Pat and Joe Sullivan in their '70s finest.
Pat and Joe Sullivan in their ’70s finest.

By Tim Sullivan

Time, time, time, see what’s become of me…

Like many people in the late ‘80s, I thought Susanna Hoffs was smoking hot, but it was not very cool to admit that you liked any of The Bangles’ music. I was busy keeping up with the likes of New Order and Public Image Limited and Echo and the Bunnymen. I wanted a Johnny Rotten mo-hawk, but my hair lent itself more to a Lionel Richie mullet.   Anyway, I did like The Bangles’ version of “A Hazy Shade of Winter,” the classic Simon and Garfunkel tune. It was something of a haunting, high-school heads up to take note that time can and will, slip on by.  Indeed it has.

Look around, leaves are brown, and the sky is a hazy shade of winter…

I’m not giving The Bangles all the credit for my keen awareness of time, but I hate being late for anything and I loathe wasted time. Sometimes I can zone out just thinking about the concept of time, which is usually counterproductive. Still, I could swear there was a time not long ago when I’d cram days full of gym, work, errands, dinner with friends, a favorite show and a book before bed.

Since we’ve had kids, so much time is devoted to the feeding, bathing, loving, cajoling, shuttling and playing with them that to-do lists and want-to-do lists serve as little more than spelling practice. I think the last time Kristen and I watched a TV show Tony Soprano was sitting in a diner and everything went black and that seems about right. Just getting the kids into the car can eat up a chunk of an afternoon. Then, this morning, the sweatshirt that I swear fit Elliott perfectly yesterday was perceptibly short in the arms and Margo suddenly graduated to drawing things that actually look like things.

Look around, leaves are brown, there’s a patch of snow on the ground…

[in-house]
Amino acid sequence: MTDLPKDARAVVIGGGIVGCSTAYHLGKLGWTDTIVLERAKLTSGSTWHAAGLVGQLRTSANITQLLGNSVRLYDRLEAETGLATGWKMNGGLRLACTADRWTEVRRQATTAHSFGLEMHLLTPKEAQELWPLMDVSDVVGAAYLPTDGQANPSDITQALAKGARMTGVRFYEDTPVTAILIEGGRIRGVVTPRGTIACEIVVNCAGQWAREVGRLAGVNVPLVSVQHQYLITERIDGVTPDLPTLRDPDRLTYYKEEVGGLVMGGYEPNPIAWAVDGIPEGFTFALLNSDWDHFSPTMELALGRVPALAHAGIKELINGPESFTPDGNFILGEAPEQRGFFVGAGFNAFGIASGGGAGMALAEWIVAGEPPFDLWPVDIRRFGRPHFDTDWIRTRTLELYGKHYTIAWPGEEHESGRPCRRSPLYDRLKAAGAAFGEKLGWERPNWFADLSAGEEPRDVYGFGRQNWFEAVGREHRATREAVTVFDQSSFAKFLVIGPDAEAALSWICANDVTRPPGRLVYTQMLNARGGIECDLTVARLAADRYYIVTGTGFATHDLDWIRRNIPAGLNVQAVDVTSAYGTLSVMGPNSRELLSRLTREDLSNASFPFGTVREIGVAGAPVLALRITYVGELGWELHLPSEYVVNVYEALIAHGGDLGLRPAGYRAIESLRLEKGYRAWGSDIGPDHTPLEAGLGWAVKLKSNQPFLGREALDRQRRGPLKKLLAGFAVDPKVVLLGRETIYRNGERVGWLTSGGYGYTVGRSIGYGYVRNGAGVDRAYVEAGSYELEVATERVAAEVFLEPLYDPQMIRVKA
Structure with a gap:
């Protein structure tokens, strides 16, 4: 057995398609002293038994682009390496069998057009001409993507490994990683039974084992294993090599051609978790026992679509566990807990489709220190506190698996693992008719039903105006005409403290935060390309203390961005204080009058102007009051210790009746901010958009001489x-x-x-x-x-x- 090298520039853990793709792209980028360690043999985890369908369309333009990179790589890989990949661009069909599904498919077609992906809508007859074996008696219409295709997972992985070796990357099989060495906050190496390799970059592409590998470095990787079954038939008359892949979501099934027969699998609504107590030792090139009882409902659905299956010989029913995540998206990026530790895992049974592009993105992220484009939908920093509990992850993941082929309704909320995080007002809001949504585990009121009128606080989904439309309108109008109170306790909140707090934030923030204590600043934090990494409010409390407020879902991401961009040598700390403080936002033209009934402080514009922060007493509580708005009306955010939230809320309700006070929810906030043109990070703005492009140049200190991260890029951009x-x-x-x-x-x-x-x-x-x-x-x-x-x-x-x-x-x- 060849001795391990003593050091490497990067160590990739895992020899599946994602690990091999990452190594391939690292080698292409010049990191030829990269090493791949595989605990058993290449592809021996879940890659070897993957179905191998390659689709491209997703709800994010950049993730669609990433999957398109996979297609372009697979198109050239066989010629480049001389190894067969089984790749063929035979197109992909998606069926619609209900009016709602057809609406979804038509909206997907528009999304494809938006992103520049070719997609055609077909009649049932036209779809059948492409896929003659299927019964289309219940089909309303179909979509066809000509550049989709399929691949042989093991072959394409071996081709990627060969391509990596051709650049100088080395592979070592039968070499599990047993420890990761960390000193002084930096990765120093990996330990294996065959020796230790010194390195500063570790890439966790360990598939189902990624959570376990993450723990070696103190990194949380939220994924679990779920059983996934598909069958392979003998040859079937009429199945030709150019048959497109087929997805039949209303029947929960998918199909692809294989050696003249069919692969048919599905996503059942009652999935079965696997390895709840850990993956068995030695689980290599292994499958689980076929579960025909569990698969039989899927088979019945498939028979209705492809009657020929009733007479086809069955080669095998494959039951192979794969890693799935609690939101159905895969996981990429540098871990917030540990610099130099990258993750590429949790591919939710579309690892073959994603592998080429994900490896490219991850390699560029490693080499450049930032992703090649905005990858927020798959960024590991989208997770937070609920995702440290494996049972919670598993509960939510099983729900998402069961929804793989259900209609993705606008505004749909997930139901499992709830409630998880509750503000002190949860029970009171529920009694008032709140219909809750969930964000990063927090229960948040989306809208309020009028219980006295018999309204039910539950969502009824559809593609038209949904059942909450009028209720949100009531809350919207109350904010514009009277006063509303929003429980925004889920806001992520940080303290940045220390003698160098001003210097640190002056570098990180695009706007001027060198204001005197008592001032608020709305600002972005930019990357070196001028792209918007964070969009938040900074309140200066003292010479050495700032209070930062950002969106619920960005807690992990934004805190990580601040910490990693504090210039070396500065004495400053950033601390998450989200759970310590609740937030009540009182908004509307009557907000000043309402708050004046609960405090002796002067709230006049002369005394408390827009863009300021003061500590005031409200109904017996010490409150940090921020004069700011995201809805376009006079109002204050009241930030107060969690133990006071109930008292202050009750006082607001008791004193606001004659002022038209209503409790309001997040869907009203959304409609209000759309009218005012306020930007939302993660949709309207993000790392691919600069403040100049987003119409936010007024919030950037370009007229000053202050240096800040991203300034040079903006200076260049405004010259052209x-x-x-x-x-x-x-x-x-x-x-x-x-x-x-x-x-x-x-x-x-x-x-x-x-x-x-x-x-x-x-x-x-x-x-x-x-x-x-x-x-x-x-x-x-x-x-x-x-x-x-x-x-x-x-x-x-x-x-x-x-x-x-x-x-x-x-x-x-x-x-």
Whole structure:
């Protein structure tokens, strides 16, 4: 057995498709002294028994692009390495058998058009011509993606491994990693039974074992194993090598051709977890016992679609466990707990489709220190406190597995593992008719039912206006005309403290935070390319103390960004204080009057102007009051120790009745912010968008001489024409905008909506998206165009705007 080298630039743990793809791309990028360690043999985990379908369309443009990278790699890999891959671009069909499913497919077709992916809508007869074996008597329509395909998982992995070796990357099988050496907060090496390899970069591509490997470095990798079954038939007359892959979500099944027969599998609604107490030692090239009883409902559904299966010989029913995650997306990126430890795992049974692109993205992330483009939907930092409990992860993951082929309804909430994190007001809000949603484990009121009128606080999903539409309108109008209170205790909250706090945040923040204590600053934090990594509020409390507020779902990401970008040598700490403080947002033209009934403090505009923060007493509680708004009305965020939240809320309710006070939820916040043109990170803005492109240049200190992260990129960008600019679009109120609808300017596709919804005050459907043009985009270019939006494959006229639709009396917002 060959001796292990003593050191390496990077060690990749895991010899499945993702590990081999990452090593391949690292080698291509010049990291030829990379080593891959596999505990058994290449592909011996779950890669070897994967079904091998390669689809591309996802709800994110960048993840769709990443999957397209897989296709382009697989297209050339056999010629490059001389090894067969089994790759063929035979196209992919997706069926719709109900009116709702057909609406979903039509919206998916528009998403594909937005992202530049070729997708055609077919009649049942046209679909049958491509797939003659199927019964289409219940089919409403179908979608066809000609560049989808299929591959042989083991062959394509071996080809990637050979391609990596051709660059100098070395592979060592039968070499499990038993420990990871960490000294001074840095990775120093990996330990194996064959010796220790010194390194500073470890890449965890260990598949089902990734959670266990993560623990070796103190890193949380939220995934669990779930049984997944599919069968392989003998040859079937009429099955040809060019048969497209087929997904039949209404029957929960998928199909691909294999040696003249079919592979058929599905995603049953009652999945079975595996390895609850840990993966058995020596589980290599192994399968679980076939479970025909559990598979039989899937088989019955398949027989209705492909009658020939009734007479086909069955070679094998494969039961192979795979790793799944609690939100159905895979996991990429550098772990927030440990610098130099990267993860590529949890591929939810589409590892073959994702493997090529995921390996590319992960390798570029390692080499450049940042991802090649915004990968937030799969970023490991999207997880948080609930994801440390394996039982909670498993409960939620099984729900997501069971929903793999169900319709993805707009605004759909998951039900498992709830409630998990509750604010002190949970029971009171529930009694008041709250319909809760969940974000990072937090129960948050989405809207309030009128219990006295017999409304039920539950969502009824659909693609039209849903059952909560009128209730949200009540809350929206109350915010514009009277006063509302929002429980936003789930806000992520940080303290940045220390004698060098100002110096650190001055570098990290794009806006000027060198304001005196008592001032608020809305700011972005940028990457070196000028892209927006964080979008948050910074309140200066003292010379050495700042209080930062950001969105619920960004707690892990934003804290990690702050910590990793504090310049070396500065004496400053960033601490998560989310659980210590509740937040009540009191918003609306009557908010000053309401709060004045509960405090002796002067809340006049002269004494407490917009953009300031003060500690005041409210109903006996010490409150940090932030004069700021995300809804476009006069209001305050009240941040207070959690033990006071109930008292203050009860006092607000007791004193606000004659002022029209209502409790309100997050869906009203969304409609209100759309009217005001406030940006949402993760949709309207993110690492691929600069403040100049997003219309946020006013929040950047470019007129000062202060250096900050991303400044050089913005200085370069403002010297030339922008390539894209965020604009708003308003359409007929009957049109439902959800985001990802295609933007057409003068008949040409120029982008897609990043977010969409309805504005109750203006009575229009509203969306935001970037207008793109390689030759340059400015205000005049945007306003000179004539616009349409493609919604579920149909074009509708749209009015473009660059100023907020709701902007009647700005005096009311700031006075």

My parents, Pat and Joe Sullivan, had five times as many kids as I do. All their time, their entire adult lives were completely devoted to raising us, providing for us, loving us. And then they died so young. This month holds the dubious honor of marking 25 years since my mother died of a heart attack and 24 years since my father died of a broken heart. The short time frame between their two deaths and the vast expanse of time since it all occurred kind of makes my head spin. I doubt it will ever feel anything but fresh in my mind. If you’re ever in the mood for a good cry, come on over and we can sit on the porch for a spell.

Look around, the grass is high, the fields are ripe, it’s the springtime of my life…

A few months ago, my brother, Marty, hosted a family reunion and I had a panoramic moment in his backyard. Everything seemed to slow to a crawl and my children were playing with their big cousins and two of my siblings were sharing an embrace and I came to realize that the results lay out before me. Without a stitch of time to themselves, Pat and Joe managed to spend their time masterfully. Maybe this was one of the occasions where having time enough to ponder time actually produced something worthwhile.

So cheers to Mom and Dad this month and kudos to all that savor family time, even if it’s just another manic Monday (I couldn’t resis).  And as I indulge in sentimentality, a wry remark typical of my father plays over and over in my head: “I thought this column was supposed to be funny?”

Tim Sullivan grew up in a large family in the Northeast and now lives with his small family in Oakhurst. He can be reached at tim@sullivanfinerugs.com.

Collin Kelley

Collin Kelley has been the editor of Atlanta Intown for two decades and has been a journalist and freelance writer for 35 years. He’s also an award-winning poet and novelist.